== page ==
M A I N   N E W S

EPF interest rate likely to remain untouched
Gaurav Choudhury
Tribune News Service

New Delhi, June 19
The government is likely to dig deep into its pockets to leave the rate of return on the Employees' Provident Fund accumulations untouched at 9.5 per cent.

A major reduction in the EPF rates in unlikely given the political sensitivity of the matter. Some major trade unions have actually demanded to raise the interest rate on small savings to about 12 per cent.

While raising the rate of interest on the EPF appears unlikely, sustaining the present rate of 9.5 per cent may not entirely turn out to be a fiscally prudent move given the current yield levels.

Prime Minister Manmohan Singh is expected to meet trade union leader early next week to discuss the matter besides other issues of labour reforms.

The investment returns of the EPF, according to projected estimates, was expected to yield Rs 5,844.31 core during the last fiscal year.

At last year's level of employment and EPF subscription, the estimated outgo to subscribers at the rate of 9 per cent worked out to be Rs 5,819.23 crore. This left a surplus of Rs 25.08 crore.

However, the erstwhile NDA government had made an announcement of raising the rate to 9.5 per cent - 0.5 per cent as a "golden jubilee" bonus. This had resulted in a net outgo of Rs 500 crore, which the EPFO had accounted for by taking recourse to its Contingency Fund.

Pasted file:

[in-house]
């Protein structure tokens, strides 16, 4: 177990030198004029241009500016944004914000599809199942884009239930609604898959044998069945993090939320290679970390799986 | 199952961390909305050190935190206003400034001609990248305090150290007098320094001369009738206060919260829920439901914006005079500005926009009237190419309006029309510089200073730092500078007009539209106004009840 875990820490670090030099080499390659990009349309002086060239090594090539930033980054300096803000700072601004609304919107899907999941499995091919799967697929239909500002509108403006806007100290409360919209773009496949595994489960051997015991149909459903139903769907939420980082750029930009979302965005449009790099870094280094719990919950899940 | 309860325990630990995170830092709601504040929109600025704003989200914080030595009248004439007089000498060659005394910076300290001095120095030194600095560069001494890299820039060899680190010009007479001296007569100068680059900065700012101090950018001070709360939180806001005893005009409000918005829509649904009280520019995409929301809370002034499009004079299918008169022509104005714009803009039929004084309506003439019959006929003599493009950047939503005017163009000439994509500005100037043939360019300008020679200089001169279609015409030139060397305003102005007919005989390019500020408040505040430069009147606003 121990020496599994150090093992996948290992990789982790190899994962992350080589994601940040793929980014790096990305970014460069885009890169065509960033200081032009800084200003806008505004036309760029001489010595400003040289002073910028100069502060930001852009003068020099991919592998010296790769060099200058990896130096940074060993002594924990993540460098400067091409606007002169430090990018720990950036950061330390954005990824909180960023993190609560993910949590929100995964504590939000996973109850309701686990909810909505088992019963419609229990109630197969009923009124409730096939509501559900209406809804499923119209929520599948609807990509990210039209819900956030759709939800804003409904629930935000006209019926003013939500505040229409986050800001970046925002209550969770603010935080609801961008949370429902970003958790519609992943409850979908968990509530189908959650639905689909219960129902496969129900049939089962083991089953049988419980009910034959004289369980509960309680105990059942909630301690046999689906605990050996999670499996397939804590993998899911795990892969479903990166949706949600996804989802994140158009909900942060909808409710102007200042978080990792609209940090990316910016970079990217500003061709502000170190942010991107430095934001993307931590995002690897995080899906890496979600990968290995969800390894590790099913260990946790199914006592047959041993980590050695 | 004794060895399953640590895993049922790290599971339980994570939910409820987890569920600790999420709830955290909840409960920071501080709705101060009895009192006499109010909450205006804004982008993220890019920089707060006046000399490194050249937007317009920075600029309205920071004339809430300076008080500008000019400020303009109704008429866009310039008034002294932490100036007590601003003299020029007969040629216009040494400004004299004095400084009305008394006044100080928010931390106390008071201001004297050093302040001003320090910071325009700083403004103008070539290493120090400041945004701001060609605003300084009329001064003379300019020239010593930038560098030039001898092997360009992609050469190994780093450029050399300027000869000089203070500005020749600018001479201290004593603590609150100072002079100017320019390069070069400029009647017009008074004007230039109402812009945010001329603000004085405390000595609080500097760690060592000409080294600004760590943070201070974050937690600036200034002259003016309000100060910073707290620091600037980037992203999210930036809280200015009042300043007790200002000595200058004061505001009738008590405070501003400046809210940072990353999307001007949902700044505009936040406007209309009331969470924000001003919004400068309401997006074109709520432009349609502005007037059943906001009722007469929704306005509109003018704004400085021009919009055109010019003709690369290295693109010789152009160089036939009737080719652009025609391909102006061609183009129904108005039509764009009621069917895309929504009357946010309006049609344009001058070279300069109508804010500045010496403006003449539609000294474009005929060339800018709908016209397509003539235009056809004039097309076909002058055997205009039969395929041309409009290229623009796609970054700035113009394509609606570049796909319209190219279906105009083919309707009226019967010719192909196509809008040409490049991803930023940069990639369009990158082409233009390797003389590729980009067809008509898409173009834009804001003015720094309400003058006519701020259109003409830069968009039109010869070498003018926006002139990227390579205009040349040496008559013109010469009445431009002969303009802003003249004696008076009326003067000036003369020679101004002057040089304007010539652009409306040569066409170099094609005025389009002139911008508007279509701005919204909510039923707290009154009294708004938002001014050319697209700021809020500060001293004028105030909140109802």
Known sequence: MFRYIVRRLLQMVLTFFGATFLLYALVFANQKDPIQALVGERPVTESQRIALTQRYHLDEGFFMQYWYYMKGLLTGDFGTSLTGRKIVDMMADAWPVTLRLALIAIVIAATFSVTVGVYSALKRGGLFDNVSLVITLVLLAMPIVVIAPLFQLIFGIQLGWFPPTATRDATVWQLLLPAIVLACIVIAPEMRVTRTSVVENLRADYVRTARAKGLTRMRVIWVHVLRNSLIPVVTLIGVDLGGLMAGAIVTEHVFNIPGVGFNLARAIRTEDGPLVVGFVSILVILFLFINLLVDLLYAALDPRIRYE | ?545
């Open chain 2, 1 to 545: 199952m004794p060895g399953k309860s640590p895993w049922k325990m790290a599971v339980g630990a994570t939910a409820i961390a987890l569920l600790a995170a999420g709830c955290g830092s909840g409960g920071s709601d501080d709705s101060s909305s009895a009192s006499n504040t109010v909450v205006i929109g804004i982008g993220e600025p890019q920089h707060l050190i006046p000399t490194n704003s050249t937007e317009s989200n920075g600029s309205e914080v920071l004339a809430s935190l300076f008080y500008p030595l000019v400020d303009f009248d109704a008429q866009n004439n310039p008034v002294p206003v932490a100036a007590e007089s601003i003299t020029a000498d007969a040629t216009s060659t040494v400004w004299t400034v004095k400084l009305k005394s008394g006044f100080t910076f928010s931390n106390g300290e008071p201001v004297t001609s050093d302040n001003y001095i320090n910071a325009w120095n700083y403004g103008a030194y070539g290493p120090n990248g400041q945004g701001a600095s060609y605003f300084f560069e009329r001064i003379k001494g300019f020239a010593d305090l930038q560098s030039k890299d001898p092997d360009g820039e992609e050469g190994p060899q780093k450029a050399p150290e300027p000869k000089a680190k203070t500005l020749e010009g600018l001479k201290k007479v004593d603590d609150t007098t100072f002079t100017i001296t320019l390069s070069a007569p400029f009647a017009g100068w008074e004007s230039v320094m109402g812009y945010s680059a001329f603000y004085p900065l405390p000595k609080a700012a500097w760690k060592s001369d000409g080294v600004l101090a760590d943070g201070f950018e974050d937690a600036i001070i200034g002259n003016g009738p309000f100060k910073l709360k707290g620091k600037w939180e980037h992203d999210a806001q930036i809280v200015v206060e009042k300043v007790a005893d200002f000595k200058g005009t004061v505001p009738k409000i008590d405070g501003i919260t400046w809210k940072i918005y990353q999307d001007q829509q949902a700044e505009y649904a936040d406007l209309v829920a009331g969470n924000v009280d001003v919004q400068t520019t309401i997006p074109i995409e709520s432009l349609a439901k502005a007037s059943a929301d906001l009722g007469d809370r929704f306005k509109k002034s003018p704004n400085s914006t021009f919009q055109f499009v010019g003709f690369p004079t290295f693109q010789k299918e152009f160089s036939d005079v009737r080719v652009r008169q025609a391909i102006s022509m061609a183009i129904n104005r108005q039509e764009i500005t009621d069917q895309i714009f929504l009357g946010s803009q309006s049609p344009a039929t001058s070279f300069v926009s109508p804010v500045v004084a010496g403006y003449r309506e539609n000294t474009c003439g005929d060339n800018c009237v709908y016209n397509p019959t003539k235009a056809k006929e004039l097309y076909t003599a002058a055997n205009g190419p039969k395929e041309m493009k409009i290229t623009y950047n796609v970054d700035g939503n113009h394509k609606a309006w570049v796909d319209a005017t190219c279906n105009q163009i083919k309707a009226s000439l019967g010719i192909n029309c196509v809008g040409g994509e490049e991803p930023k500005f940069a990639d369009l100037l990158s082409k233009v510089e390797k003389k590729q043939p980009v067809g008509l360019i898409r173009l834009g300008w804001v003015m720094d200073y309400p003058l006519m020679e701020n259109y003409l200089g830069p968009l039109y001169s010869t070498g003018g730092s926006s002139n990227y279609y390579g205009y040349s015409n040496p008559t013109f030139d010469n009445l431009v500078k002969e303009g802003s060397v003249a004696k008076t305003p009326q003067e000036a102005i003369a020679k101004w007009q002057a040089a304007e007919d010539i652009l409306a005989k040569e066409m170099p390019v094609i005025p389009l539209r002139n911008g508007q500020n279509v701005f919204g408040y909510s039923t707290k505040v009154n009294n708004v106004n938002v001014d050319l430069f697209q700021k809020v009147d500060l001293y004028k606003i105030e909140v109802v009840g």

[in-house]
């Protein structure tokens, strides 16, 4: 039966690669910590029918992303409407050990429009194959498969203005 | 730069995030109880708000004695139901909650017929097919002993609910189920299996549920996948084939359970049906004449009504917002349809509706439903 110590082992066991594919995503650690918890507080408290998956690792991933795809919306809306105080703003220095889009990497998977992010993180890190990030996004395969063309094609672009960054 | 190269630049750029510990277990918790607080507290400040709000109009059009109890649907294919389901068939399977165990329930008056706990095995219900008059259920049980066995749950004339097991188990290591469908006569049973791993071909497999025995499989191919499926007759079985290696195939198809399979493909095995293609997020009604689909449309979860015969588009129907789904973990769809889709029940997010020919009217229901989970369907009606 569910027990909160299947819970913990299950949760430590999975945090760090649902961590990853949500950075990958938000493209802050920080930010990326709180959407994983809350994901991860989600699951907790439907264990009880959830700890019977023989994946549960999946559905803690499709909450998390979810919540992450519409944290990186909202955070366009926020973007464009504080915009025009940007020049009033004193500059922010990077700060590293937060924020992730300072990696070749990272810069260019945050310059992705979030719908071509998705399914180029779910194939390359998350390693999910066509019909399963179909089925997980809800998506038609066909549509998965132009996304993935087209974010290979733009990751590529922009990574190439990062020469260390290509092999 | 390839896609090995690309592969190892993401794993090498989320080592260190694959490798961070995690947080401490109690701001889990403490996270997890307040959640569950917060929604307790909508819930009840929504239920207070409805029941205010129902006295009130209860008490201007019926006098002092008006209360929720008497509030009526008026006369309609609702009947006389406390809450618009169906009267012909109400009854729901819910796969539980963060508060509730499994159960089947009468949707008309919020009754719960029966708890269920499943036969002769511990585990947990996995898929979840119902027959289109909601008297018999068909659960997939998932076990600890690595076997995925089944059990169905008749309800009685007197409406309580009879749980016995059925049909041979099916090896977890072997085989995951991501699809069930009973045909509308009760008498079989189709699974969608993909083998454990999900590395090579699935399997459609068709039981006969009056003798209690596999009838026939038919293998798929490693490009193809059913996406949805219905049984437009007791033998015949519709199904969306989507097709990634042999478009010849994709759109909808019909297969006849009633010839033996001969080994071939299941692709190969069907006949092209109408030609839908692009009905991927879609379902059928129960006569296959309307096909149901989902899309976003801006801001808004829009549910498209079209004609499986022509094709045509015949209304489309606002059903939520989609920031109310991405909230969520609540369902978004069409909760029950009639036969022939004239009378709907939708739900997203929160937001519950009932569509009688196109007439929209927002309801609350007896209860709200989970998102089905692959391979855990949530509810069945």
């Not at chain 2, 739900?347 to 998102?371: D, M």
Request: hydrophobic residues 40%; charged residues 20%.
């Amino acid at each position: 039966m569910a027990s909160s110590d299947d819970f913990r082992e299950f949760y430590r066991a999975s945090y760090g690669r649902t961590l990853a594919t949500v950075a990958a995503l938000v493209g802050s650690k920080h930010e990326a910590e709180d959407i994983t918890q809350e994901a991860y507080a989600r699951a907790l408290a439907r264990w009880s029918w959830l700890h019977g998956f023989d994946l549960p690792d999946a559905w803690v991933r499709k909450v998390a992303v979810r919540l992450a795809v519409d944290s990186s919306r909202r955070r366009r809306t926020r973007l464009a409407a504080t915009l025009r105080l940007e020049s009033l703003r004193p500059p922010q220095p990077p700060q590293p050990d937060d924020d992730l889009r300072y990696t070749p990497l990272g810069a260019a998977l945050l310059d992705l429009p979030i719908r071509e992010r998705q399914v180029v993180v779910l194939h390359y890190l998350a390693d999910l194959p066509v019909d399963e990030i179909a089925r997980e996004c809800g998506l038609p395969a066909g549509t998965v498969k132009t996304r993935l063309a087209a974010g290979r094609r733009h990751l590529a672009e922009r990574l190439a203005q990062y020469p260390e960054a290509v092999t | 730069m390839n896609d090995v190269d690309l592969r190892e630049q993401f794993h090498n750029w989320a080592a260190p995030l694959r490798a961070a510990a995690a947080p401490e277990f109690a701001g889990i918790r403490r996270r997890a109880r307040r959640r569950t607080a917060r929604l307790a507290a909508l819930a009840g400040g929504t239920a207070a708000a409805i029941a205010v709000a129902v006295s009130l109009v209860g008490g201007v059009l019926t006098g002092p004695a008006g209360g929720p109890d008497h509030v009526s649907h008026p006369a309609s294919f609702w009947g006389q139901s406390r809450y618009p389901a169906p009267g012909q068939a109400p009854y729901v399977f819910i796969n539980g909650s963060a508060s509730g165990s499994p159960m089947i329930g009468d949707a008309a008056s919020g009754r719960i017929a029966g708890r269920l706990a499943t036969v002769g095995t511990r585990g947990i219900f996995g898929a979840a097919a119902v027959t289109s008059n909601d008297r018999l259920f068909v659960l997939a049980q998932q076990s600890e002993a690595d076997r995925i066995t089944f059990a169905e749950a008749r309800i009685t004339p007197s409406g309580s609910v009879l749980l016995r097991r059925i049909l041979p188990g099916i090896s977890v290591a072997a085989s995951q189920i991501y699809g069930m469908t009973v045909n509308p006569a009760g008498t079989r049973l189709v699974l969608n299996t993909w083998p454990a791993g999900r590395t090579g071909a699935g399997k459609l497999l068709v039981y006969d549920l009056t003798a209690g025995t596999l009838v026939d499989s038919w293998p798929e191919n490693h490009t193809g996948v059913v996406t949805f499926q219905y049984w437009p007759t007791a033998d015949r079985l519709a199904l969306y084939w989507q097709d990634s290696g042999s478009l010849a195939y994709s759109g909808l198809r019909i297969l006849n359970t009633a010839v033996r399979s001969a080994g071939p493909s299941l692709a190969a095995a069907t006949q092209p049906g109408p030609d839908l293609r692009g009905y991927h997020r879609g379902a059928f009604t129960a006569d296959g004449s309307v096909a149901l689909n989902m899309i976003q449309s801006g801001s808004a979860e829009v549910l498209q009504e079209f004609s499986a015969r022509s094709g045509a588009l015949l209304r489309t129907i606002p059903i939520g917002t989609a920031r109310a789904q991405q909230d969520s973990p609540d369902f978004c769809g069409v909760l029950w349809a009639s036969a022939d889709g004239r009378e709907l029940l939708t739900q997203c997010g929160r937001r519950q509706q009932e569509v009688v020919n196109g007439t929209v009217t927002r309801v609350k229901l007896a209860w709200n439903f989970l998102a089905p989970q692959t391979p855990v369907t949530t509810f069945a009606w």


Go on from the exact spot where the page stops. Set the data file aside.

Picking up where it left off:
The EPFO has a diversified investment portfolio with varying rates of return. Sources said as per the current portfolio, the average yield worked out to be 9.1 per cent, with securities of PSUs yielding the maximum return.

During the last fiscal year (2003-04), PSU securities have resulted in an estimated yield of Rs 1,400 crore.

Trade unions have been bargaining hard for raising the interest rate to 12 per cent on all small-savings schemes, including as the EPF, the PPF and the GPF. Leader of various worker unions have said that the increase in rate of interest, as suggested by them, should be subsidised by the Centre in the form of "expenditure on social security".

Incidentally, INTUC, a trade union affiliated to the Congress, it is learnt, did not raise the pitch for higher returns. It only demanded that the government should have a re-look at the portfolio of investments of the EPF funds.

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